Three Purdue University graduate students, Ryan Gibson, Brad Thada and Rajdeep Singh Khangura, recently received training as part of the Heat Tolerant Maize for Asia (HTMA) project funded by USAID-Feed the Future and which aims to develop heat resilient maize for heat stress-prone ecologies in tropics.
The CIMMYT-Asia research station in Hyderabad, India, provides an ideal environment to evaluate maize genotypes for heat stress tolerance. Temperatures regularly reach 40°C or higher and the relative humidity is usually below 30 percent during maize flowering and grain filling. Additionally, the CIMMYT facilities in Hyderabad provide an excellent laboratory environment for studying the basis of heat stress-tolerance in maize.
On his second trip to the International Crops Research Institute for the Semi-Arid Tropics (ICRISAT) campus in Hyderabad, India, Gibson split his time on campus attending a statistics and genomics training course, collecting maize leaf samples in the field under the sweltering Indian summer sun and extracting leaf lipids from the collected samples in the lab.
For Thada, a graduate student studying thermal adaptation in maize, visiting the ICRISAT campus was “priceless” as he could “see first-hand the effects of heat on the maize trials we had planted there.” Originally from Indiana, U.S.A., where summer temperatures are mild compared to Hyderabad, Thada said this training was his first solo experience outside of his home country. In his words:
“I traveled to India to work on the HTMA project and collect data for my dissertation research. Having never traveled internationally alone or to Asia at all, I was both excited and a little nervous to land in Hyderabad, with only my clothes, sun screen and the promise that a driver would pick me up at the airport. I was greeted warmly by everyone I encountered during my month-long stay. Not only did my nervousness dissipate, but I grew to enjoy both the people and the culture of India. It was an amazing opportunity to work alongside the CIMMYT-Asia staff as a graduate student studying thermal adaptation in maize.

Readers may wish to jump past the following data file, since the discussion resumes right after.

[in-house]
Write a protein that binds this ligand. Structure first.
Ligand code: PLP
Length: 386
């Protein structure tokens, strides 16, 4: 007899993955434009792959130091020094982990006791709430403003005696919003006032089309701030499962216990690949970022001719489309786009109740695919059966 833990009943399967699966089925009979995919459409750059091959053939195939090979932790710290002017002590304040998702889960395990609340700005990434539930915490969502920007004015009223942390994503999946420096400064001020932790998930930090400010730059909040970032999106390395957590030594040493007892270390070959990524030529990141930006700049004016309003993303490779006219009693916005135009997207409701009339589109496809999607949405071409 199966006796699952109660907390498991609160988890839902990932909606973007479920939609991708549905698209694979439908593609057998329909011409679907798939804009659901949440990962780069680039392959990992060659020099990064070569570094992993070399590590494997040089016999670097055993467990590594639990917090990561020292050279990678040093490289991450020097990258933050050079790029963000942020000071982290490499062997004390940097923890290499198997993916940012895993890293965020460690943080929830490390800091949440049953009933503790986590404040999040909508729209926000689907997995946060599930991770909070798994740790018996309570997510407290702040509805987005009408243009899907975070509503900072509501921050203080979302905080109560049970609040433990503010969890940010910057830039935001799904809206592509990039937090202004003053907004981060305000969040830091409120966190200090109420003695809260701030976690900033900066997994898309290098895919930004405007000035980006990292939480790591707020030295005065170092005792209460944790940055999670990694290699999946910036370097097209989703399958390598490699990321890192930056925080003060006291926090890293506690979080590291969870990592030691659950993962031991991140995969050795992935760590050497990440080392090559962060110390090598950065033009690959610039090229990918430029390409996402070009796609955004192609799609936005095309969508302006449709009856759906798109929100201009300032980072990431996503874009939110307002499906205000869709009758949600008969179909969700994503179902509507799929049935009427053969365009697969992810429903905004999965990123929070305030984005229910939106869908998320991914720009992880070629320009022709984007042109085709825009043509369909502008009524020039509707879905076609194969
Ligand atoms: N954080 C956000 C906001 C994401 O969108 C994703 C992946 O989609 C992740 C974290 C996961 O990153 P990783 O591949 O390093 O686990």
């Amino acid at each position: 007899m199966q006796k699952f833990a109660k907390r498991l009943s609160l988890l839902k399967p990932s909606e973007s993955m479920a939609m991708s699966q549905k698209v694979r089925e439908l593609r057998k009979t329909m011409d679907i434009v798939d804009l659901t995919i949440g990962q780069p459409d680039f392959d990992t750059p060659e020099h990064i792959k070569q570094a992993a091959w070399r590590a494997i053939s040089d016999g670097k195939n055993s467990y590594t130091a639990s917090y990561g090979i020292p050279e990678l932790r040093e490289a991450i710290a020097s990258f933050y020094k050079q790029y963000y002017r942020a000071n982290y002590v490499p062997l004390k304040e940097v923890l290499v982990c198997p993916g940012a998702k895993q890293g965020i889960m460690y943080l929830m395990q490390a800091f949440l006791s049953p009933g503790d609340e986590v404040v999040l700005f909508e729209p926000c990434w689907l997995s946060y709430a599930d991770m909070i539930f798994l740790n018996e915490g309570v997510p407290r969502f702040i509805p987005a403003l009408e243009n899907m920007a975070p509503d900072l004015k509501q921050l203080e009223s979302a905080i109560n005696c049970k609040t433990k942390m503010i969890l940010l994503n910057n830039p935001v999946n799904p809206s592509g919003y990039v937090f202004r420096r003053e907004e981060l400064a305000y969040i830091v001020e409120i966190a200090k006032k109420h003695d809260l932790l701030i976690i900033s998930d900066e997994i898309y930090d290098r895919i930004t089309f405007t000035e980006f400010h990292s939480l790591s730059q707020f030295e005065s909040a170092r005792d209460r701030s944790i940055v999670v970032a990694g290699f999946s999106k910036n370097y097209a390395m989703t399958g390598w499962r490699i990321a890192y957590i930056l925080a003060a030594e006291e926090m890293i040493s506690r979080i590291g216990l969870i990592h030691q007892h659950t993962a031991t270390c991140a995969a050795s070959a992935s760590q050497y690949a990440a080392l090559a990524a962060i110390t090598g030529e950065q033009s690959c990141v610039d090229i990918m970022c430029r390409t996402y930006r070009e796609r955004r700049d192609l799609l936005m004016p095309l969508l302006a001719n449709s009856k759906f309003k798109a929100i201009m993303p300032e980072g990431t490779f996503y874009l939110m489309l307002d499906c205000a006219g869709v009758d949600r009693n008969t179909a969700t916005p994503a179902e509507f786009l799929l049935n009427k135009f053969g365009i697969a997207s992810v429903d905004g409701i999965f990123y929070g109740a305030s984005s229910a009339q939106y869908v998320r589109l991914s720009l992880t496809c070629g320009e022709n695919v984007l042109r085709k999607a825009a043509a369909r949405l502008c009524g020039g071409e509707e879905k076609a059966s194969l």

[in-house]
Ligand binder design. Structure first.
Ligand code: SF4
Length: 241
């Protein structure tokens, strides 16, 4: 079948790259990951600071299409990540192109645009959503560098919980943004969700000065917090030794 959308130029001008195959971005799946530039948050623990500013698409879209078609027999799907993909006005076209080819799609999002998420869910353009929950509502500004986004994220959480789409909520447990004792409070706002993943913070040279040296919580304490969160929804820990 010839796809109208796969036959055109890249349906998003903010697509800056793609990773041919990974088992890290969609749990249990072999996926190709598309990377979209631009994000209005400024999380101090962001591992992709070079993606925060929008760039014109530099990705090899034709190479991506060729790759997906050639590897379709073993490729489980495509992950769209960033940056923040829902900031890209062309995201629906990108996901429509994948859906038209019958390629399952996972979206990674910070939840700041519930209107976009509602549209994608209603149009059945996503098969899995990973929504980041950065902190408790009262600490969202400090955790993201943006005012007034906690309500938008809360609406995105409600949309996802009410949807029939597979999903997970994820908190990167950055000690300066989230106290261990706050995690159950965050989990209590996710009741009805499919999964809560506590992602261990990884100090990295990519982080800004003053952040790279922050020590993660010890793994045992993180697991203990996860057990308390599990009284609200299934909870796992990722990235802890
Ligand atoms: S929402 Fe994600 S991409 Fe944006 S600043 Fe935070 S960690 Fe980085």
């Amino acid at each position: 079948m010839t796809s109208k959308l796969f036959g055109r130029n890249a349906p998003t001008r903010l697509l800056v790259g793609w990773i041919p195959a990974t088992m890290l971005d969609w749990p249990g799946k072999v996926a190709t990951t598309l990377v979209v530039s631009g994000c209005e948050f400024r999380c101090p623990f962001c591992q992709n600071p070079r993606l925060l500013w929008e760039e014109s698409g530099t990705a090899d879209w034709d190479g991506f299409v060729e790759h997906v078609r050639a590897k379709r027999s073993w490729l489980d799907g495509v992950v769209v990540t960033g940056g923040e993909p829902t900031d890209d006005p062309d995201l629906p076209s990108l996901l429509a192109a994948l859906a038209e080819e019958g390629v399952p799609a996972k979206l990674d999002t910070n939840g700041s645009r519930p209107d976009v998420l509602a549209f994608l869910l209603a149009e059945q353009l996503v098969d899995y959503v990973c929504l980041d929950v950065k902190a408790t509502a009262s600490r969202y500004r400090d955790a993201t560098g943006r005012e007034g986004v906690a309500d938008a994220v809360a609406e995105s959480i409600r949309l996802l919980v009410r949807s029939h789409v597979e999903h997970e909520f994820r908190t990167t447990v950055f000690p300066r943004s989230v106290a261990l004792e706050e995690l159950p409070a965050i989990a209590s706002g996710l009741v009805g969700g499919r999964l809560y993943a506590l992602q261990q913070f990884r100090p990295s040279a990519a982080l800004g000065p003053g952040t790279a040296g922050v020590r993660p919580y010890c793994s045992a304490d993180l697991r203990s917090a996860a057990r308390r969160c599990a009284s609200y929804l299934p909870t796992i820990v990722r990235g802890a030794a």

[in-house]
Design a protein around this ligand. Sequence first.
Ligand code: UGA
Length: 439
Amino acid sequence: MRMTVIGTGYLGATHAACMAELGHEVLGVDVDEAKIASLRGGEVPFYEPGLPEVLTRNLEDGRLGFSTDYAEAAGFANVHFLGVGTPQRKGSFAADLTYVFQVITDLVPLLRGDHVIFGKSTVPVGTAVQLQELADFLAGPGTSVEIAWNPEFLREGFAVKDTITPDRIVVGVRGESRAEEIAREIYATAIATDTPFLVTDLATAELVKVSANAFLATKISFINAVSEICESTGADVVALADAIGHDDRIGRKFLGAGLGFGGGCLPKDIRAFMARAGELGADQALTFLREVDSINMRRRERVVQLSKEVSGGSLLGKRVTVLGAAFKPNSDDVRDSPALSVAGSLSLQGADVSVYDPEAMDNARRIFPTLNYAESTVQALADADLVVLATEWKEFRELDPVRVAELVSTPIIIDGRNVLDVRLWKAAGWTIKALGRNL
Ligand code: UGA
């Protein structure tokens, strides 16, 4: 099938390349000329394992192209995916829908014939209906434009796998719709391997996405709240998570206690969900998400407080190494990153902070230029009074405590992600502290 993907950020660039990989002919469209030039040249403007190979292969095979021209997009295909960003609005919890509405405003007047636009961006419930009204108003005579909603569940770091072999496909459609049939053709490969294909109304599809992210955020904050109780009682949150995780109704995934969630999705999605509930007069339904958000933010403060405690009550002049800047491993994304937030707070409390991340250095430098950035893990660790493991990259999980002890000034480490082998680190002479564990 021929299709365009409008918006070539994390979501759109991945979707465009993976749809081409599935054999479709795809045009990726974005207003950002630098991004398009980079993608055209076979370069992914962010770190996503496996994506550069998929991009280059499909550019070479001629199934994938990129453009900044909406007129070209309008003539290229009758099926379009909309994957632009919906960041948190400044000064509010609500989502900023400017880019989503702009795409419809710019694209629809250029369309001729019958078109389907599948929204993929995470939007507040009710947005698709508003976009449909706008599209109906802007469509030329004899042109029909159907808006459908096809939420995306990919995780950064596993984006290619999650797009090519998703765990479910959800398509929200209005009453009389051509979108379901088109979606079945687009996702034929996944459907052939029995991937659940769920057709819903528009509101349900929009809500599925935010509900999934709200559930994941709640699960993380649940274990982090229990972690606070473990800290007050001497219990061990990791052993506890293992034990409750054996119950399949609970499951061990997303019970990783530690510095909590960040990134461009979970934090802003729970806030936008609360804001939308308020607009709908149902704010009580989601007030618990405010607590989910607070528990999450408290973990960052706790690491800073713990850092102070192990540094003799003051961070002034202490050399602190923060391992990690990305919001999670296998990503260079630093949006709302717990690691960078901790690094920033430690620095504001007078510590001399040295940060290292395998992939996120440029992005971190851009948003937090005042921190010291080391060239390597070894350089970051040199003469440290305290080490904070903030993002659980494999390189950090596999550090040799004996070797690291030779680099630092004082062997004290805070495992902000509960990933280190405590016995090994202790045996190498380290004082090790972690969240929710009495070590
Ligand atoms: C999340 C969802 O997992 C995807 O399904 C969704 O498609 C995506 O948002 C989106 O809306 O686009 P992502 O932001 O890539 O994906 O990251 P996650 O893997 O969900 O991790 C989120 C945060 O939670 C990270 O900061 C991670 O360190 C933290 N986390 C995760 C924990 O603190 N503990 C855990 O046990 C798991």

“Throughout the month of my stay, I enjoyed developing both professional and personal relationships while attending a statistics and genomics training course, working both in the field and the lab, exploring Hyderabad and enjoying the local food. I even had my first ride on a motorcycle, a staple of Indian transportation. I will not forget the beautiful country and wonderful people that made my trip memorable.
“I’m very grateful to my advisor Mitch Tuinstra, professor of plant breeding at Purdue University, for giving me this opportunity. I would like to thank P.H. Zaidi, Raman Babu, molecular, and Kartikeya Krothapalli, for all their help in getting me to Hyderabad and making my stay as productive and educational as possible. I would also like to thank M.T. Vinayan, Vishwanath, and Kiran for all their help and for smoothing out all the bumps that come when such different cultures merge.”
HTMA is a Public- Private-Partnership (PPP) involving active collaboration of CIMMYT, Purdue and private partners, along with the national agricultural research system of India, Pakistan, Nepal and Bangladesh, to develop robust hybrids with the help of seed companies in the region.
This was the second visit to the ICRISAT campus for Khangura, who comes from the agrarian Indian state of Punjab (the first was in 2010 as a B.Sc. student at Punjab Agricultural University). He said his first trip left him with a desire to work with CGIAR centers because of their non-profit nature and attitude to serve humanity:
“I am a second year graduate student at Purdue University and one of five graduate students who are involved in the HTMA project. Being originally from Punjab and son of a farmer, agriculture is what I learnt since childhood. Wheat-rice is the major crop rotation in Punjab but spring maize production is increasing and fits very well into most crop rotation practices in South Asia. With the increase in the average global temperatures, the maize growing regions of South Asia are vulnerable to decline in the yields. The development of superior maize hybrids that can tolerate high temperature stress promises a better future for maize in the tropical belt.
“I heard about the hard work of the CIMMYT-Asia team many times but on this trip I had an opportunity to experience the excitement of the maize breeding program. On this visit, I worked with the CIMMYT team to process laboratory samples collected as part of the HTMA project. This was excellent opportunity to work with CIMMYT scientists, post-doctoral fellows, research assistants, and technicians. We got a lot of work accomplished as the work ambience was not just stress free but energizing. The tireless work and absolute commitment of the CIMMYT team to science was inspiring.”